Betty Cain is seldom found sitting down.
"What am I going to do if I go home and sit in my chair? Then I'm old," said the 80-year-old Riverview resident on a recent Tuesday, pausing for a moment in the kitchen of Lansdowne United Methodist Church after another busy morning of volunteer activity.
"I love people, and I love taking care of them," Cain said.
On Thursday, March 27, Cain will be honored as the 2014 Woman of the Year by the Baltimore County Commission for Women.
"She would say that she's just a simple woman that does and gives what she can, and that her reasons for doing so don't merit acknowledgment. But those of us who know her and work with her believe that she's exceptionally deserving," said Brian Bailey, among those who nominated Cain for the award.
The award recognizes women for their "outstanding achievements, unique contributions to the county and their ability to provide creative solutions to complex community and social challenges."
"I felt that she really embodies the true spirit of what Baltimore County's Woman of the Year program is," said Bailey,a member of the church who has known Cain for nearly 20 years.
"They want to know when I'm going to stop, and I say, 'Never,' " Cain said, a slight, twang in her voice. She's lived in the Baltimore area for the past 40 years, but one can still hear a trace of rural West Virginia, where she was born and raised.
The longtime resident of this small community near Baltimore County's border with Baltimore City and Anne Arundel County has dedicated the past 10 years to feeding the hungry, usually on the Laverne Avenue site of her parish, Lansdowne United Methodist Church. Every other Wednesday, from 4 to 6 p.m., Cain and a dedicated crew of volunteers feed nearly 200 people a free hot meal.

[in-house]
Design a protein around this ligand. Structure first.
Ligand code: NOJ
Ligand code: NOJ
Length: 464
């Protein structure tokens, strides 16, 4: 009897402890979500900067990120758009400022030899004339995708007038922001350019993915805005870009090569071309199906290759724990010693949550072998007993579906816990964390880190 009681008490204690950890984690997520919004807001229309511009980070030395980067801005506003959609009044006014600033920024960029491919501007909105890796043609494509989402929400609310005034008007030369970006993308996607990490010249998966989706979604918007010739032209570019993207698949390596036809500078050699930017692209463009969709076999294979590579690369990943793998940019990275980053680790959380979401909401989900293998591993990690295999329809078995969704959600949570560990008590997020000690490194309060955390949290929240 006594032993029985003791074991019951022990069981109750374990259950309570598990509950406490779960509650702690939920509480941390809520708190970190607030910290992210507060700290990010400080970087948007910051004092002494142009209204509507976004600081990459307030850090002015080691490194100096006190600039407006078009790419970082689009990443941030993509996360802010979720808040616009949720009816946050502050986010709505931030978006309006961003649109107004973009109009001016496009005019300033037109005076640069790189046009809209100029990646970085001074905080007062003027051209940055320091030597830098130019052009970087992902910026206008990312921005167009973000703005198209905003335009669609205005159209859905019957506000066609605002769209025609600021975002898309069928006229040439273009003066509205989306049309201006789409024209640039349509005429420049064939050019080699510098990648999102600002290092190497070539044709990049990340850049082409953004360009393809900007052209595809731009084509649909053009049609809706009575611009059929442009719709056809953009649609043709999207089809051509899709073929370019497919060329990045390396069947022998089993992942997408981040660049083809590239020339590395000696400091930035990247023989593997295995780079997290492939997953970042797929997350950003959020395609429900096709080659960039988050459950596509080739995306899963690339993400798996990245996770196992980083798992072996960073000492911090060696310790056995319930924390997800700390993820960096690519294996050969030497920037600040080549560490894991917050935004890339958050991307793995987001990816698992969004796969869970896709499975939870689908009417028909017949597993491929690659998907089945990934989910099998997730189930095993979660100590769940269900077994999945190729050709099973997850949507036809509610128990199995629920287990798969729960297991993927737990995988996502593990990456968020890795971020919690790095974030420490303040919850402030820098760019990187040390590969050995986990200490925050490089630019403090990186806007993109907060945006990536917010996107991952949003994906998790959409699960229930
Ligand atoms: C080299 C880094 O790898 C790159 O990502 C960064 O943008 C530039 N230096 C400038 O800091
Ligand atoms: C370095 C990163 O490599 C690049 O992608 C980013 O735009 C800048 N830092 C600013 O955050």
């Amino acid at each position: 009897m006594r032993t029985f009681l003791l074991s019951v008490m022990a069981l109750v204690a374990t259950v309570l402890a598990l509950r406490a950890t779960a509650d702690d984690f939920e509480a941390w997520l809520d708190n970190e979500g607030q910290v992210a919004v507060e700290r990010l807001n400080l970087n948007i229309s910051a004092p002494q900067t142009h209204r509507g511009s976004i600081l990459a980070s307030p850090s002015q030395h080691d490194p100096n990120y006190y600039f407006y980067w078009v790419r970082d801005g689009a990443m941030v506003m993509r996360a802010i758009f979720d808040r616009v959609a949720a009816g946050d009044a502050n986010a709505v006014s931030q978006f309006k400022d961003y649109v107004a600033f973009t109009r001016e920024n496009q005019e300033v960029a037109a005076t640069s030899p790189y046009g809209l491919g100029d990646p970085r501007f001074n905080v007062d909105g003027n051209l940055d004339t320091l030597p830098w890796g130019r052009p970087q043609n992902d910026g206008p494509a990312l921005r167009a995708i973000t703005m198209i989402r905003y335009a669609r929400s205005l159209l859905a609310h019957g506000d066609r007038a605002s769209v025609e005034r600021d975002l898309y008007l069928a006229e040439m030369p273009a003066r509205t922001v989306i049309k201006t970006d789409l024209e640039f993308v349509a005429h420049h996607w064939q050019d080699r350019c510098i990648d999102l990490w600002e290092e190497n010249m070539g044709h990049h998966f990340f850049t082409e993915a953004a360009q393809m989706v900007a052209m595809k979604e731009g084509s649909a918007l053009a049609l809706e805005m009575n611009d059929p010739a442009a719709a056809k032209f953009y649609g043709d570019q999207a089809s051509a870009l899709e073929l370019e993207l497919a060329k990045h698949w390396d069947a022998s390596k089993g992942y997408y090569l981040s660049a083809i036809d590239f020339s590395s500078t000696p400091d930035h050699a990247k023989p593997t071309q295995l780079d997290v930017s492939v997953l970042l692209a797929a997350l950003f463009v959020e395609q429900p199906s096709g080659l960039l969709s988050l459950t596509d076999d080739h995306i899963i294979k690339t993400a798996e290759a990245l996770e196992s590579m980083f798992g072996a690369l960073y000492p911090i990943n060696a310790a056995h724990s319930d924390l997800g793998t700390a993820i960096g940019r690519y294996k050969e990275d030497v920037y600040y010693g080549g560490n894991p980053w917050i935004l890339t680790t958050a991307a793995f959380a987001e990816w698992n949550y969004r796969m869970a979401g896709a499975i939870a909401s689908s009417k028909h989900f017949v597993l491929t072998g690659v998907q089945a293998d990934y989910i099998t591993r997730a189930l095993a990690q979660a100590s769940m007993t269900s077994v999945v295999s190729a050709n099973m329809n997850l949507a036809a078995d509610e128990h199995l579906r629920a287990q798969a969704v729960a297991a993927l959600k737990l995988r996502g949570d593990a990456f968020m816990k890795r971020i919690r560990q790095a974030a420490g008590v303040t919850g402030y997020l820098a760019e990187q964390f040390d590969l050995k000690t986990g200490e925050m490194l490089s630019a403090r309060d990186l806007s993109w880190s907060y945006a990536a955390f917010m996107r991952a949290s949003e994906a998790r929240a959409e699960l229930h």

A regular at community meetings, she dedicates hours to making the area a better place to live.
She also started a thrift store at the church as a way to raise money and help those who need a little assistance.
"I'm always somewhere doing something," Cain said. "I don't have much free time."
Though officially retired, she still works three days a week as a nurse and office manager at a Baltimore City doctor's office.
Cain has dedicated her life to taking care of other people. She has four children, seven grandchildren and six great-grandchildren.
"There's a core of people that you tend to see everywhere and she's one of them," said 1st District Councilman Tom Quirk, who represents the area. "She's one of the 'guardians,' I like to call them, the people you see out there who are always looking out for the community."
After volunteering last Tuesday, Cain sat at a table, sipping coffee from a black mug that read, "I'm the Boss," and joked with church volunteers about her strong personality.
It's among the qualities that have driven her devotion to providing help for individuals and families in need for so many years.
"She comes off as tough sometimes," her daughter, Karen Monteil, said. "But she's a sweet person. She cares for anybody and everybody."
Cain didn't have a lot growing up as one of eight kids. All of the children in her family had to help out. When she was 16, her mother died, and she had to drop out of high school to help raise her younger sister.
"They didn't have any money and had to make due with what they had," Monteil said.
Growing up on a farm, Cain learned how to cook with fresh ingredients. She hardly shopped at a grocery store.
"I didn't even know what ground beef was until I moved to Baltimore," Cain said.
Cain said she loves to cook and still makes most of her food from "scratch."
In her garden in her backyard, she grows potatoes, radishes, lettuce and a variety of other vegetables.
She cans her own tomato sauce, and makes jams and jellies from the fruit in her garden, which she sells at the church to raise money for the parish.
"I don't go to the store and buy a lot of stuff — I only buy the staples," Cain said.
While raising her four children, she often worked two jobs, as a bus driver and a nurse.
"You try to make a decent living for your kids to make sure they have a halfway decent life," Cain said.
Her late husband worked for the old Baltimore and Paint Co. and as a bus driver. The couple also tended a local bar in the evening to earn extra money.
Monteil said she remembers her mother working hard while she was growing up.
"We never wanted for anything." Monteil said. "She may have struggled, but we never knew it."
"She's a lovely person who gives everything she can to her church and her community," said Del. James Malone, whose District 12A includes Lansdowne.
Her granddaughter, April Brohawn wrote: "I'm incredibly honored to call Betty my 'Gran.' I've looked up to her my whole life. She has taught me the value of appreciating what I have and giving what I can. She is something of a Wonder Woman in my eyes."
"If I'm half the person [she] is at any point in my life, I owe it all to her for being my role model," Brohawn wrote in nominating Cain for the award.